Stash Buster: Simplicity 1377

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Hi all …As most of you know, one of my goals for 2017 is to reduce the size of my huge (re: out -of-control) stash. To that end, I’ve produced my own Little Black Book, a three-ring binder that holds my catalog of fabrics.

Yes, it’s a bargain basement binder, but it holds the key to my heart…a record of my glorious, but soon to be significantly reduced, supply of fabrics. My method of recording is simple…I just take a snip of the fabric, note the amount I have and whether or not the fabric is woven or stretch, and what ‘bin’ it’s located in (big plastic containers I purchased at Target). I track all fabric that is at least a yard or more. Smaller pieces make it into the notebook if they are unique (sequins, silk, feathers, LACE….!).

Some fabrics stay in their bin for a long time….the longer the stay, the more special they become! This particular fabric lived in my stash for a couple of years before my mind could find something suitable for its vibrant turquoise.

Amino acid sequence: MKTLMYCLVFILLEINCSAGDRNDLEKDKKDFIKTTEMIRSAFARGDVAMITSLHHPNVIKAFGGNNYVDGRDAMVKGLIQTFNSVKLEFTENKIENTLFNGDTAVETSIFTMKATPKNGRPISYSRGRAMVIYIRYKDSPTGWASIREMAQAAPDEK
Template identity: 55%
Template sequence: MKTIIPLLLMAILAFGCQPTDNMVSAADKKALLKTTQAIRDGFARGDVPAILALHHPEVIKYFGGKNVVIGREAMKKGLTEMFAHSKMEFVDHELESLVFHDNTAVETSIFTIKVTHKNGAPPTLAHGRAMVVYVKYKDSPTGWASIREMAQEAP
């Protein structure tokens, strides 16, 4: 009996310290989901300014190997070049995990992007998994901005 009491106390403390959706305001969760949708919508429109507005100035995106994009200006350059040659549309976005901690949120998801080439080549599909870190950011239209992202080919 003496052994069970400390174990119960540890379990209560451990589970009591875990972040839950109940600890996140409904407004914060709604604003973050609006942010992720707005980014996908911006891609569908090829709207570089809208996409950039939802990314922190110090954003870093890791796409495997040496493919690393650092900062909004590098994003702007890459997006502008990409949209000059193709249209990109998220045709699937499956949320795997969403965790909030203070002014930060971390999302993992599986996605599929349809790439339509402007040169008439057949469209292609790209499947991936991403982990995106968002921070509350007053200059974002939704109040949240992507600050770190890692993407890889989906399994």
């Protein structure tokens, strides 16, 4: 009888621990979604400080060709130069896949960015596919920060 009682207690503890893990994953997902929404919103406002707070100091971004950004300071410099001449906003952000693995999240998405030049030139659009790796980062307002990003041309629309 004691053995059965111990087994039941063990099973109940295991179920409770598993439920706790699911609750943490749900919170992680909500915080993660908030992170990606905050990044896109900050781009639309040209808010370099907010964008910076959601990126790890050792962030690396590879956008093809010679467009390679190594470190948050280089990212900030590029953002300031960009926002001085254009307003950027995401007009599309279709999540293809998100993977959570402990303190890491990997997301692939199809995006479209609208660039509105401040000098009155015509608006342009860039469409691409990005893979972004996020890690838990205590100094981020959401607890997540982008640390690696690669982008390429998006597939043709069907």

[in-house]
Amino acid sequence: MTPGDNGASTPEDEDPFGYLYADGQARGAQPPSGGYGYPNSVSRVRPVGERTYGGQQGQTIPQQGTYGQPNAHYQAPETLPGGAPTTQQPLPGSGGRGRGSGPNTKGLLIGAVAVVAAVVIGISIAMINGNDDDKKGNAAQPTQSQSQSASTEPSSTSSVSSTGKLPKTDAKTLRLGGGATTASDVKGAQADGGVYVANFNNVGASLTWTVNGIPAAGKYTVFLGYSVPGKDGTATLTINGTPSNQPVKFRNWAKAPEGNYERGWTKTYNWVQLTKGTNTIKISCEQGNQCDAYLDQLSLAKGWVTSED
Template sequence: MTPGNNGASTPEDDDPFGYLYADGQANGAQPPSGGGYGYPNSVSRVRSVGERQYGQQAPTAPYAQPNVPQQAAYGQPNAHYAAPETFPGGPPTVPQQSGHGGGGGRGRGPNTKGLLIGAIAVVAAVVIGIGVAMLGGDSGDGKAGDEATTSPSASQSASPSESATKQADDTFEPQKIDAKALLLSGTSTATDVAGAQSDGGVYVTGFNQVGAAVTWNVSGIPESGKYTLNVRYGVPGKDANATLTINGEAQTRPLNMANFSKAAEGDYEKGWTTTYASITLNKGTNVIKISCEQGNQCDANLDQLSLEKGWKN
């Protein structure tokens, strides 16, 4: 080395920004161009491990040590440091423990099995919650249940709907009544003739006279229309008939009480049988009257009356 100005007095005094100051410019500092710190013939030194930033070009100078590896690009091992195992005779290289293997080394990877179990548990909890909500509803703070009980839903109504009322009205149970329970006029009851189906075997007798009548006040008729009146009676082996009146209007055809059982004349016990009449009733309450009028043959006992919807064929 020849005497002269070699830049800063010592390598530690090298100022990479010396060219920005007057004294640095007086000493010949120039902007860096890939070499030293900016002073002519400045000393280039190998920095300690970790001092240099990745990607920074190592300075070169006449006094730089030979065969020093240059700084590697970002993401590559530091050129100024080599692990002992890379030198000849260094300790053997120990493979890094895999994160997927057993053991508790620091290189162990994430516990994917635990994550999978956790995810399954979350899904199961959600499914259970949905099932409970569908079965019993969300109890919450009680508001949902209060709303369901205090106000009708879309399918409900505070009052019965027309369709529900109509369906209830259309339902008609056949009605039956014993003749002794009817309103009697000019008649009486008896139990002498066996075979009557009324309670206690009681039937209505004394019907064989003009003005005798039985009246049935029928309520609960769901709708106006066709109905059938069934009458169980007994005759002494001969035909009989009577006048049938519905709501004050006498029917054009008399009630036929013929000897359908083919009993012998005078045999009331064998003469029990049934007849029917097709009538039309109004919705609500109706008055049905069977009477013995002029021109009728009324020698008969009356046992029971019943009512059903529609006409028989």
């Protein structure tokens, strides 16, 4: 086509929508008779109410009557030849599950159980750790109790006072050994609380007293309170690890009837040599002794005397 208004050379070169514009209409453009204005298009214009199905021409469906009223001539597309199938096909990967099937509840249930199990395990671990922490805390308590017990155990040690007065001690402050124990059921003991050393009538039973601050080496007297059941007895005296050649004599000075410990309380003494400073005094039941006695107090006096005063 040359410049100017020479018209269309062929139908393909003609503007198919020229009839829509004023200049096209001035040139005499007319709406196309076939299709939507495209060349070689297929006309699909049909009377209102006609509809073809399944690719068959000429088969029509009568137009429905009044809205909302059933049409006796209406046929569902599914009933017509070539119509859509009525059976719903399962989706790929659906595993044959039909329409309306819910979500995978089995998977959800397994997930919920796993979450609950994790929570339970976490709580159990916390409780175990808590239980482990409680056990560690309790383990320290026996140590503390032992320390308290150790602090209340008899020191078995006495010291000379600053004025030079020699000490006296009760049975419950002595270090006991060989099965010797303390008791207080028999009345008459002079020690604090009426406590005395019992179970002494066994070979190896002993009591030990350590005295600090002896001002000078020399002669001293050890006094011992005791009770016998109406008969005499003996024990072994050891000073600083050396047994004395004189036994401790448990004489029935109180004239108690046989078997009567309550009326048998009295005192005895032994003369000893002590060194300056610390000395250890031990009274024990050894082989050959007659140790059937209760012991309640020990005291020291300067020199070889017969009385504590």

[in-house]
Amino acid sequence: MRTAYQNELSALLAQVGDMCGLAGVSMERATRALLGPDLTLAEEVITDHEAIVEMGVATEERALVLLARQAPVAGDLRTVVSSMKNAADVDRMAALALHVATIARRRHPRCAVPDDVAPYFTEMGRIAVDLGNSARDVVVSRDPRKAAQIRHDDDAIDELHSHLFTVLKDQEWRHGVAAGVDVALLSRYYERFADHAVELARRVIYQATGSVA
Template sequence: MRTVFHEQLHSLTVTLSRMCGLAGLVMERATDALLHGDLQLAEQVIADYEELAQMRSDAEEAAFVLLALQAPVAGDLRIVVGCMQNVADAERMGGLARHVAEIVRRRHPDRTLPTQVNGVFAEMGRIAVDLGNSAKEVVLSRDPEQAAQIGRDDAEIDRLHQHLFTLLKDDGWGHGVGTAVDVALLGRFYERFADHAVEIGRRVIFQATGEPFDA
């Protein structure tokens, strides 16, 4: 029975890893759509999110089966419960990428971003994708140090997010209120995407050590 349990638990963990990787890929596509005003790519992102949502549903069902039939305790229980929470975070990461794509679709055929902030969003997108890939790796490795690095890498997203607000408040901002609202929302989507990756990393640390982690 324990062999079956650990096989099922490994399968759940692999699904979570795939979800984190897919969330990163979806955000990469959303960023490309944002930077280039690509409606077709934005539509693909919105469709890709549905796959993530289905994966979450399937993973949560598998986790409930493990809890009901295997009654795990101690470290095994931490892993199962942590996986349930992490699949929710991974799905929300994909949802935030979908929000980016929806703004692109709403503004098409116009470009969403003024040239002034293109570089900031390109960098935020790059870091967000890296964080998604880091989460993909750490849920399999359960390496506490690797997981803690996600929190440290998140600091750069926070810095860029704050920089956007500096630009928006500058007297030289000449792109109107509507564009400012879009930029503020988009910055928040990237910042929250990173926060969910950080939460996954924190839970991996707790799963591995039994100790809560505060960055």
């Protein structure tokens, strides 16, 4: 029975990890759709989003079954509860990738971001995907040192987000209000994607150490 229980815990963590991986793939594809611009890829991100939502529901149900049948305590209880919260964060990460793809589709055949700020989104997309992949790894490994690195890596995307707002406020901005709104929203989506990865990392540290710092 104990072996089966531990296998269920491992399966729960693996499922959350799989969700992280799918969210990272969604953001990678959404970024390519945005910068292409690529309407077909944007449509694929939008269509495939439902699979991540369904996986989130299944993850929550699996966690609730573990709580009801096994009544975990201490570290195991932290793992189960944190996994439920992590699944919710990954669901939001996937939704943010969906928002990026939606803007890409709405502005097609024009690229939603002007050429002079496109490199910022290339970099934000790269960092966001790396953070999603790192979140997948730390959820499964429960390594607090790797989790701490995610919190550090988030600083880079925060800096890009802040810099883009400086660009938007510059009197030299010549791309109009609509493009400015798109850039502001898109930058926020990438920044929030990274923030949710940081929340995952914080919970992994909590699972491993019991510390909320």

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There were two barriers to making this fabric into something special – – It’s a substantial flannel, the sort of fabric that doesn’t know what the word ‘drape’ means and — – my piece was a yard and a quarter (11/4); not enough for the usual flannel styles like a button up shirt  or a style with long sleeves. (Side note: My stash is overflowing with small pieces like this…remnants from other projects, or small pieces I picked up on sale..too little for most things, but too much to toss!)

Simplicity 1377 was the solution.

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This simple pattern is one I’ve used before. It has a front and back bodice, two neck facings, and short sleeves with drop shoulders. Because I’m only 5’4″, I don’t need much length in the bodice, so I was able to cut this top as well as a pocket and sleeve tabs from my small piece of fabric.

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Pattern Modifications (Simplicity 1377:

  • My version uses the neckline of view D and the sleeves of View E.
  • The short sleeves in view E have been lengthened by 2 inches (roll-up length).
  • I added self drafted button-up sleeve tabs.

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  • I self drafted a 5 inch square pocket to the bodice front and trimmed it with fringe from the fabric selvage.